And that's all for now--more updates and some pictures to follow later in the week.  Because of course I realize that you are all completely absorbed in the minutiae of my vacation and cannot wait for photo illustrations.  Not to worry--I will not disappoint!


  1. Oh thank you for this post. Thank you for the distinction that happiness and unhappiness are not mutually exclusive, and for making me smile reading about your antics. As soon as I read that you ate dinner at 4, I hoped that you had been at some Senior Citizen Fish Fry type dinner - I'd expect no less from Florida.

    (And there was rarely a night in Maui where we were awake past 9, so I know exactly where you're coming from on that one, too. In fact, I could have written so much of this if you just changed "Florida" to "Maui" - it is very much like a lot of what I experienced on my vacation. Except for the porno shotgunning, which, damn, I was hoping you were going to say you jumped up and shotgunned with them (but abstained from the after-porn.) No shotgunning in Maui.

    I'm glad you're having some light moments, Brooke, I'm glad the weather is warm and that you and David are able to rest on loungers at pools (not shotgunning beers.) And damn, most of all, you know that I wish you weren't on this trip in the first place, I wish you were home with Eliza complaining about the St Louis winter.


  2. I think making David wait outside was appropriate payback for him not stopping to let you pee!

    We just traded in our truck for a Nissan Sentra. I pretty much love it, though Joe hates how the armrest is so far away for the driver.

    And Canadians are crazy nice. One of my really good friends is a Canadian. I keep swearing I'm moving there one of these days (especially after getting an outrageous medical bill.)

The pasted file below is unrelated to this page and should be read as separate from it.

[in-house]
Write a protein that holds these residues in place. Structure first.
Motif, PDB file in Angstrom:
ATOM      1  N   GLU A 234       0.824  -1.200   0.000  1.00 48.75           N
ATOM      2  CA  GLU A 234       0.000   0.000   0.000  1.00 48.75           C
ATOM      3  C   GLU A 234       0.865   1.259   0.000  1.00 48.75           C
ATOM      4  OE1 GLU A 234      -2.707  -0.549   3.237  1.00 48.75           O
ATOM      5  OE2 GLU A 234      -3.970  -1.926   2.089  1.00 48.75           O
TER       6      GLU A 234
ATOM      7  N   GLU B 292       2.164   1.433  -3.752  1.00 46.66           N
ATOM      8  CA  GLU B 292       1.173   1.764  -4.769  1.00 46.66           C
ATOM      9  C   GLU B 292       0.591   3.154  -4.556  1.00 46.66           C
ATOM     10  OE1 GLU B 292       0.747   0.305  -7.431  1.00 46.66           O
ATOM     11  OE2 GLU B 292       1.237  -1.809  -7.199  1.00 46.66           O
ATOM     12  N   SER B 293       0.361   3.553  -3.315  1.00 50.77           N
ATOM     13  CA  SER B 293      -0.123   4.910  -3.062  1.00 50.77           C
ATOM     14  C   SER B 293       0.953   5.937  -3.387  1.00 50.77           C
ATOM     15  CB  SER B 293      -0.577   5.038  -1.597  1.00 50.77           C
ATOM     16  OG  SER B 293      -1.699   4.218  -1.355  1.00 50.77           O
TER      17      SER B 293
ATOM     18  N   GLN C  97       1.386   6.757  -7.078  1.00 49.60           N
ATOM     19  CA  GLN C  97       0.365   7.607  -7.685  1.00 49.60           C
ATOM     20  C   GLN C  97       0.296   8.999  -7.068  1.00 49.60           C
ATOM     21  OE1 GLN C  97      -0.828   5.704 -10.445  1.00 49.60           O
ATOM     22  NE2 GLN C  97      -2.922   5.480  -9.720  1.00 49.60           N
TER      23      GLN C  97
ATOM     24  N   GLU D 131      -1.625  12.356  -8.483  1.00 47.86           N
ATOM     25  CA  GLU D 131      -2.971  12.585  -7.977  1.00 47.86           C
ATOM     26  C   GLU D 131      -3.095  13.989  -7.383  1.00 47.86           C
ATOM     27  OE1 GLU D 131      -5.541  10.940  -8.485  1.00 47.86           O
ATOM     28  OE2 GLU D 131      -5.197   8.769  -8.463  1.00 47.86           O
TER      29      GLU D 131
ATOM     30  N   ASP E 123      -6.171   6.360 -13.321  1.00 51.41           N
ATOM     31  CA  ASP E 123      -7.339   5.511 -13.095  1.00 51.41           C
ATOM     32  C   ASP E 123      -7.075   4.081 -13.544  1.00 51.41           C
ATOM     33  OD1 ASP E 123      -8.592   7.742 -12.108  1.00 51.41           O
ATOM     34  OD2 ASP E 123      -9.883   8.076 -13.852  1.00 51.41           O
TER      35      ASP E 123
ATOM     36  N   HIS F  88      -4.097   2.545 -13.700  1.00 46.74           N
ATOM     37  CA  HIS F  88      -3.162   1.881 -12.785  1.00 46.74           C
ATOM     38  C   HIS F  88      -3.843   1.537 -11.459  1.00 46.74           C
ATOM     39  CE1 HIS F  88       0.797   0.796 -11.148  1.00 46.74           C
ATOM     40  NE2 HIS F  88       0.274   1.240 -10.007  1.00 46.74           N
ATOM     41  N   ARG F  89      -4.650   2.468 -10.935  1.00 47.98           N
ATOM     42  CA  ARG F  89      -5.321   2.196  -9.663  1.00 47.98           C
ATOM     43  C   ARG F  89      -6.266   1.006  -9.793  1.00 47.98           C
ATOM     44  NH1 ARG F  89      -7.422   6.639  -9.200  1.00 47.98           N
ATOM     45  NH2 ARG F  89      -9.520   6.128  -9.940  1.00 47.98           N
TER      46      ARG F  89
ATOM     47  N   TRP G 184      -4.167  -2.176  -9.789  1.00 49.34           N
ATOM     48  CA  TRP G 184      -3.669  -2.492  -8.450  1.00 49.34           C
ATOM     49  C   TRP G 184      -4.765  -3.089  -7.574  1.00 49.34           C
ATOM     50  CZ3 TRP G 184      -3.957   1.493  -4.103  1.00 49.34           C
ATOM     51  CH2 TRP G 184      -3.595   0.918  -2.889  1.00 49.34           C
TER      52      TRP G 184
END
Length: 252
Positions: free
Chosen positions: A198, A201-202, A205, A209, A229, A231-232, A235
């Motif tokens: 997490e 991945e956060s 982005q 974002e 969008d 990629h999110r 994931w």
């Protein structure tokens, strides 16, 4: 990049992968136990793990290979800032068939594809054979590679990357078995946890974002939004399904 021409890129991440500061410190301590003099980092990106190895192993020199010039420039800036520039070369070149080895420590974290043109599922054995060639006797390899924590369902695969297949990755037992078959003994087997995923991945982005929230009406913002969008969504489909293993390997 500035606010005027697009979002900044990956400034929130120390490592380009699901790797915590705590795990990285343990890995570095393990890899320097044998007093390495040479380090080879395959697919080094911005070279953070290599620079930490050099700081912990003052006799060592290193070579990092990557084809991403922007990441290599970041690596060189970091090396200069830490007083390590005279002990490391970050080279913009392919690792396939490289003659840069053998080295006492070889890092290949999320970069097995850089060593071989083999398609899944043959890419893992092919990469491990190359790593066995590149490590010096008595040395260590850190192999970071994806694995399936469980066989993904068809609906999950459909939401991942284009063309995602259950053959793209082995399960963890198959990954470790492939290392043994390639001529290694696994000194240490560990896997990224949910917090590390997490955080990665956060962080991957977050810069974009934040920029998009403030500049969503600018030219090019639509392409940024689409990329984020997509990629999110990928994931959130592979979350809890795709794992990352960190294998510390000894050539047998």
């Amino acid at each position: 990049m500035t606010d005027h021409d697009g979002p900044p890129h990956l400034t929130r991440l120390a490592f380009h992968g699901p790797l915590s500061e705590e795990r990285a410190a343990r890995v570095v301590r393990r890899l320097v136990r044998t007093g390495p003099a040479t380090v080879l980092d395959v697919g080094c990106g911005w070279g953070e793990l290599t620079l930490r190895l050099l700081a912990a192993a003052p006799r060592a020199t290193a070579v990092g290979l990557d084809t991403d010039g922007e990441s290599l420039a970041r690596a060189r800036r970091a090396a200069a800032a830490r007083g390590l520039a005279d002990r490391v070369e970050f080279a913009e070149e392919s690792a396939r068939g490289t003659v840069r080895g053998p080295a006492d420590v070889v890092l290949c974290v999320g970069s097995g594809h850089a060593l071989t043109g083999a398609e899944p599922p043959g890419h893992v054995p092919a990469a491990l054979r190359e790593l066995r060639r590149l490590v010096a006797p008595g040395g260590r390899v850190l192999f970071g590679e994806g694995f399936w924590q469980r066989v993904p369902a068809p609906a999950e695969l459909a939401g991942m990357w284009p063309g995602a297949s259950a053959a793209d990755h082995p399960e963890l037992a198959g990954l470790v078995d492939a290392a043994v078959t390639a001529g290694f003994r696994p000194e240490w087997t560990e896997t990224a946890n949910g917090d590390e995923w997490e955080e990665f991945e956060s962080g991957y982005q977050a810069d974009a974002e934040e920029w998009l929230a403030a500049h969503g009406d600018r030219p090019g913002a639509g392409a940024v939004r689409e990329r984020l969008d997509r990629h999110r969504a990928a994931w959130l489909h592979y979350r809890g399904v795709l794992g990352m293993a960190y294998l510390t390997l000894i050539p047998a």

I agree with you about the grief not being an endurance test, and I'm glad you are having a decent vacation. Starting tomorrow through next week it's supposed to be in the 40's here again so enjoy the sun!

  3. I'm so happy that you're having some happy moments (and totally understand this does not mean you are missing Eliza any less).

    You made me smile about the Canadians - as I'm one! We pride ourselves on our politeness.

  4. Your hairdryer and shower stories made me laugh! I'm glad you're enjoying your hols even though happiness and sadness aren't mutually exclusive.

  5. Thoroughly enjoyed reading this entire post-- so much that I shot my husband a very evil look as he was distracting me by talking while I was reading. How dare he!

    We love the Canadians, too, and have the same discussion of screeching children. Surely our children would never be that way. And there's my guaranteed ticket to a couple very bratty, screeching kidlets.

    Glad you're enjoying yourselves. Can't wait for photos!

  6. Another Canuck smiling at your comments here (not to mention totally cracking up over the hairdryer & shower stories). We currently have a Camry, & had a Sentra for 10 years before that. Both really great cars in their own ways!

  7. I very much enjoyed your sense of humor in this post. I hope you have as wonderful time as possible. :))